Category Archives: food

Occupy St Paul’s (sorry, London)

Went and spent a couple of hours down there last week – never been to a protest before.   It’s a really interesting, well-organised space with the tents and the people who stay in them (not always overnight or so it seems!) and then loads of people milling about – be it tourists or workers on a break.  I ended up having a long conversation with a chap who believed the fundamental issue was Fractional Reserve Lending (something I know a little about from the course and from the remarkable film in this earlier post) as well as a Swedish couple, one of whom had done some work with the IMF.  So, there are high-calibre people are hanging out down there.

As someone from a communications background, the main thing I took from the experience was a lack of understanding of what they want.  You get no clear idea of what ‘success would look like’ (to use that phrase).  For example, one banner says ‘Capitalism IS crisis’, another says ‘This is not an anti-capitalism movement’.  Perhaps the most frequent thing you see is ‘We are the 99%’ – referring to the fact that the other 1% have all the money.  I’m not sure what I’m supposed to do with that?  Now, maybe it’s too difficult to compress what the movement is into a soundbite and to do so is to deny the complexity of the situation we find ourselves in.  But, I would suggest, if they want to engage more people more fully, some sort of clarity of what they stand for/what they want etc would be of benefit.  By doing this, they might be able to garner more support as more of the population will more easily be able to understand that the issues they are protesting about.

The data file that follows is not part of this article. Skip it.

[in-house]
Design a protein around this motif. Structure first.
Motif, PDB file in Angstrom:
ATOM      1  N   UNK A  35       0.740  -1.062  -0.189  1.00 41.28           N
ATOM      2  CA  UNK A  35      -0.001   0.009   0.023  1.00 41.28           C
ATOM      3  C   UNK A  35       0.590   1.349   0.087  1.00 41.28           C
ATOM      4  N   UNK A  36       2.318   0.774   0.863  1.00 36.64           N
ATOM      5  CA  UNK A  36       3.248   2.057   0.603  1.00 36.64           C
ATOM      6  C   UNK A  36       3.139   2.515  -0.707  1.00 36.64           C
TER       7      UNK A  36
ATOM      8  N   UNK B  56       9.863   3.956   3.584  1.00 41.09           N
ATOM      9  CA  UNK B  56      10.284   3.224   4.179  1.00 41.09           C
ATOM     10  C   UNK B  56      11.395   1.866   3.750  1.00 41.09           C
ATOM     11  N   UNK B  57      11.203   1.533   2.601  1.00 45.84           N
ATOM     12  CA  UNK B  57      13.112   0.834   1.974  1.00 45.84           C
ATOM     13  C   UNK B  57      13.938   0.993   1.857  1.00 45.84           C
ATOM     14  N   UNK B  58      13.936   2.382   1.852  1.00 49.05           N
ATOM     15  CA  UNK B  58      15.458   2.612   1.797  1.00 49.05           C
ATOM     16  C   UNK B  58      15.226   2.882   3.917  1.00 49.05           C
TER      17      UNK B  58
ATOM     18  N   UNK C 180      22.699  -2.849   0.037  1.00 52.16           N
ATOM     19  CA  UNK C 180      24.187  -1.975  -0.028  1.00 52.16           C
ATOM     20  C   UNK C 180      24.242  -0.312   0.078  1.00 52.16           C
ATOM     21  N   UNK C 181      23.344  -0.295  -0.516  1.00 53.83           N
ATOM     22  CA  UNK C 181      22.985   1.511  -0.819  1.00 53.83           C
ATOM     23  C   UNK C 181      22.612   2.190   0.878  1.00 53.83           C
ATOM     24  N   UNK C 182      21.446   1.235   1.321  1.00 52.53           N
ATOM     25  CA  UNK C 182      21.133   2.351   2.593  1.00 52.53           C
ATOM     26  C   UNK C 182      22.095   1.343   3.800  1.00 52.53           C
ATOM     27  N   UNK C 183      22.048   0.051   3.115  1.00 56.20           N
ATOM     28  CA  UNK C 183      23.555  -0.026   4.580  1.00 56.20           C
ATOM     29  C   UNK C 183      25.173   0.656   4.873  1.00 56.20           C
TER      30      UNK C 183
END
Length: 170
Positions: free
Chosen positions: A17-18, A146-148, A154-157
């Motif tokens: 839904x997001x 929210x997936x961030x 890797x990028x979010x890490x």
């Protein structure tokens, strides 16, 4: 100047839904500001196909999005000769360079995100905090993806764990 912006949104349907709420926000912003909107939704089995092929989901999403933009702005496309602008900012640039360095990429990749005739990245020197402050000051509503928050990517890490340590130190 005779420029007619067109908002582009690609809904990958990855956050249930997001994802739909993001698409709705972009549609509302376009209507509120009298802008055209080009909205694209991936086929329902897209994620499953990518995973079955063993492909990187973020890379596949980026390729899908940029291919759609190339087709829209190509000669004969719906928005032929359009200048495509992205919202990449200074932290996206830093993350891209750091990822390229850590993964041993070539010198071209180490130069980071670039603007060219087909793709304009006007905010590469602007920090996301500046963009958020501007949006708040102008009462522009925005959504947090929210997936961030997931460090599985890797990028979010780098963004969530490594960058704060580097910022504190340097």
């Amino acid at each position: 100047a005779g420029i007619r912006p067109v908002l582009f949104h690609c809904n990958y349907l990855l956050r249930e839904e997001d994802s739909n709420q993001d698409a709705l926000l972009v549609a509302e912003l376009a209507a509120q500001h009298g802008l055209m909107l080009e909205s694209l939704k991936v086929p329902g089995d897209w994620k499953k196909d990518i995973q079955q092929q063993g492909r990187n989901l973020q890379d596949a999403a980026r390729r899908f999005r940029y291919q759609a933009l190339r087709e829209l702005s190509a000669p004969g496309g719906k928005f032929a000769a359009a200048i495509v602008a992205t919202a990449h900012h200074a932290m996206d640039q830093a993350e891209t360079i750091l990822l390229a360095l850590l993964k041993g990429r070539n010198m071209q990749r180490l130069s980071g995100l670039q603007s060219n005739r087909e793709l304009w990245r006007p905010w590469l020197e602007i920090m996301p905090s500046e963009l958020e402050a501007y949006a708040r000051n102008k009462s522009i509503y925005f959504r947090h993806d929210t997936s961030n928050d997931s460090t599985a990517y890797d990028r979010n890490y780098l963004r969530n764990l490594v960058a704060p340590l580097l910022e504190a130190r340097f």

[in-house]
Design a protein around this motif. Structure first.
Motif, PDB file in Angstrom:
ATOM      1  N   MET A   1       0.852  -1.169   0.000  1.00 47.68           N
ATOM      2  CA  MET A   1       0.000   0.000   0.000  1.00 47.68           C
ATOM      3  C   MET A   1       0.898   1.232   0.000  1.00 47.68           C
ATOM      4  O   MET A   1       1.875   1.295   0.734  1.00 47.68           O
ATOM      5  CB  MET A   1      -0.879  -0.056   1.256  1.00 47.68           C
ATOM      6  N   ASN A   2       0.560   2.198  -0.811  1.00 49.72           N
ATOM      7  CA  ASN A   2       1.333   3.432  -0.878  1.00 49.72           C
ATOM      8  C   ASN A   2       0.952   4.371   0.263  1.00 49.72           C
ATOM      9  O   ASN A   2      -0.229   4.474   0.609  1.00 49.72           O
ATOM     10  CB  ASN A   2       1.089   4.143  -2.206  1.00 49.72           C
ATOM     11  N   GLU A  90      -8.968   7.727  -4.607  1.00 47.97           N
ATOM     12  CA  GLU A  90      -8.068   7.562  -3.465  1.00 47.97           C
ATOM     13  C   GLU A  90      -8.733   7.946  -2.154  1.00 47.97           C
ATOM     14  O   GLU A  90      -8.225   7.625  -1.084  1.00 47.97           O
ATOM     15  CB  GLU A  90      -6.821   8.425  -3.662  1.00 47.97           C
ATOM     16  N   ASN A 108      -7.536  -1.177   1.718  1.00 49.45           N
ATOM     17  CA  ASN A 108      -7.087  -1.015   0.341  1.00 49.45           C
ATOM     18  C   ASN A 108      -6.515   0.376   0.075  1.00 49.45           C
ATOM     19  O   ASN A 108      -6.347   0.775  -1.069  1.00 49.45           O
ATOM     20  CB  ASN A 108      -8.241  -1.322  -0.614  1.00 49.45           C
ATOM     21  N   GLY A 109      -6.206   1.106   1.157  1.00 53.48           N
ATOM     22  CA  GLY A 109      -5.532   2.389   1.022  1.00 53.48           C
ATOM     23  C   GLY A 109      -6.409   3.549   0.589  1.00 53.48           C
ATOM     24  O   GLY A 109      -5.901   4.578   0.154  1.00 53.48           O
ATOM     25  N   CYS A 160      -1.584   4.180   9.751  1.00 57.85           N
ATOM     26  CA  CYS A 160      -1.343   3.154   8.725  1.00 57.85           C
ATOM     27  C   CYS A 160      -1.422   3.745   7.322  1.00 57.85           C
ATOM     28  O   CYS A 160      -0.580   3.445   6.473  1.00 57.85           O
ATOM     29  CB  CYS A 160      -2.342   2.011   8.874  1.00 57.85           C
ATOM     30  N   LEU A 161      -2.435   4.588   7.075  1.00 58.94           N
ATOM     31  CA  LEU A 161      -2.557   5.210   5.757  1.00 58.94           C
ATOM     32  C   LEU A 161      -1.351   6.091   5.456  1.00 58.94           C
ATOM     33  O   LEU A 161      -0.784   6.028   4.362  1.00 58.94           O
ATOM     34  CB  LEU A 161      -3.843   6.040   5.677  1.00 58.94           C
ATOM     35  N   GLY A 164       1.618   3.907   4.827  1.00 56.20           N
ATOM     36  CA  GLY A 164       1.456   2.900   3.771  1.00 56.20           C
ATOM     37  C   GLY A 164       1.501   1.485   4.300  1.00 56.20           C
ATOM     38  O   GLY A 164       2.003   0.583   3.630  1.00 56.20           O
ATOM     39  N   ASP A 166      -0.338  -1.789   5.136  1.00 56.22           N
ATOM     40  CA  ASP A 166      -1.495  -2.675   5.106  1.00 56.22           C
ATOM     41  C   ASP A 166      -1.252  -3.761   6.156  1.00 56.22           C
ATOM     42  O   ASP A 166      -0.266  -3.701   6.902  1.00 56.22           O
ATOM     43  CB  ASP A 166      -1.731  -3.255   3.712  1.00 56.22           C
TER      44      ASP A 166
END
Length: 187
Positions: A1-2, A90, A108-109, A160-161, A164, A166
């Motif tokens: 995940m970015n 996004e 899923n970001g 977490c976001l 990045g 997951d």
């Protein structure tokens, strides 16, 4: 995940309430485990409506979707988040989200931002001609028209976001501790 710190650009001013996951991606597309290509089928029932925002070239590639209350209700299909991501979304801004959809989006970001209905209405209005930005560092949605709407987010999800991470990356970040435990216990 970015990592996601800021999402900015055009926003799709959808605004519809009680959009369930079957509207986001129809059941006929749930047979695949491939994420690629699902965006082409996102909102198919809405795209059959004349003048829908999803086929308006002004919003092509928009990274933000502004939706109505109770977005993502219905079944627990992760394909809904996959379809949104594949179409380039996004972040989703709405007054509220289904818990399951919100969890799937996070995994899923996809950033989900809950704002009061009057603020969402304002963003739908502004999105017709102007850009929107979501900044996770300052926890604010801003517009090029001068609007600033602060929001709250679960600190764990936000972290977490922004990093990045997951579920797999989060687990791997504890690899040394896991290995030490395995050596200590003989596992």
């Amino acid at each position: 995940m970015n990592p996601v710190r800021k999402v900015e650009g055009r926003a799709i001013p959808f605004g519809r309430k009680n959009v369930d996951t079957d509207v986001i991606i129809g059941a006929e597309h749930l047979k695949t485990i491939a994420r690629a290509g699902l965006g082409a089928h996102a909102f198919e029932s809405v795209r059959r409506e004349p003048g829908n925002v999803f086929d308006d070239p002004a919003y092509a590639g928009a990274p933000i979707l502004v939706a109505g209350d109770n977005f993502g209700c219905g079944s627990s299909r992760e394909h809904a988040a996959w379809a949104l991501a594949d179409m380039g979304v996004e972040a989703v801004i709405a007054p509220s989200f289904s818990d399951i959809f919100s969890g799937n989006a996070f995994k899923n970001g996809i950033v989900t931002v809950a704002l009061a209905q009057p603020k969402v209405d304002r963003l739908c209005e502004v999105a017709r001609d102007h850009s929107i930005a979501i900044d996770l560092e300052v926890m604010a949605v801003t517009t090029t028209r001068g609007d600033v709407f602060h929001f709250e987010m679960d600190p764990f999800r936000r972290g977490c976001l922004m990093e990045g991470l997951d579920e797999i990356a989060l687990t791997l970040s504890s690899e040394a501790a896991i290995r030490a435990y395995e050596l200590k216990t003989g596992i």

As a footnote to this, I stopped by on a couple of days ago and the main banner has changed to ‘What Would Jesus Do?’  Which is kind of better in that they have understood that the protest has a moral edge to it and that they’re right outside St. Paul’s.  BUT, given all the press about whether they should move on and the Dean resigning over this, the ‘Jesus’ banner could easily be construed in the context of whether Jesus would let them stay and protest, rather than what would Jesus do in relation to the inequality in the banking system and economy which I would understand to be closer to the point they are trying to make.

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The Problem with Food Labelling

I talked to a few people about my week going ‘vegetarian’ (see previous post) and since then a few of them have asked ‘Are you still vegetarian?’  The answer to that is ‘no’, but, to me, the interesting thing is binary-ness of it.  It’s like you are either a vegetarian or not.  There is no middle ground in that you’re allowed have meat every now and again.  This seems like a bit of a problem if we’re going to try and encourage more people to eat less meat.

This is because being a ‘vegetarian’ seems to come with certain criteria.  Firstly, you’ve got to have a reason not to eat meat.  And that reason has to be quite strong in order to overcome the pleasure of eating meat.  And those reasons usually are (meat is murder; Climate Change; poor animal conditions; animals have feelings too).  Further, the vegetarian’s have their own bit on the menu (usually at the bottom), their own restaurants and their own brands (e.g Linda McCartney).  So, in many ways they are set apart and ‘different’ from the mainstream.  To what degree this is desired as a means to make a statement about themselves or to what degree this is merely for the ease of making choices, I don’t know.  But what I do know is that it makes them different and I don’t think that most people want to be seen as ‘different’.  Especially when it comes to something as basic and fundamental as food.  So, I think that the vegetarian’s are shooting themselves in the foot.  By creating segregation, they are deliberately creating a line that people will be unwilling to cross.  People don’t want the finality of restricting their choices.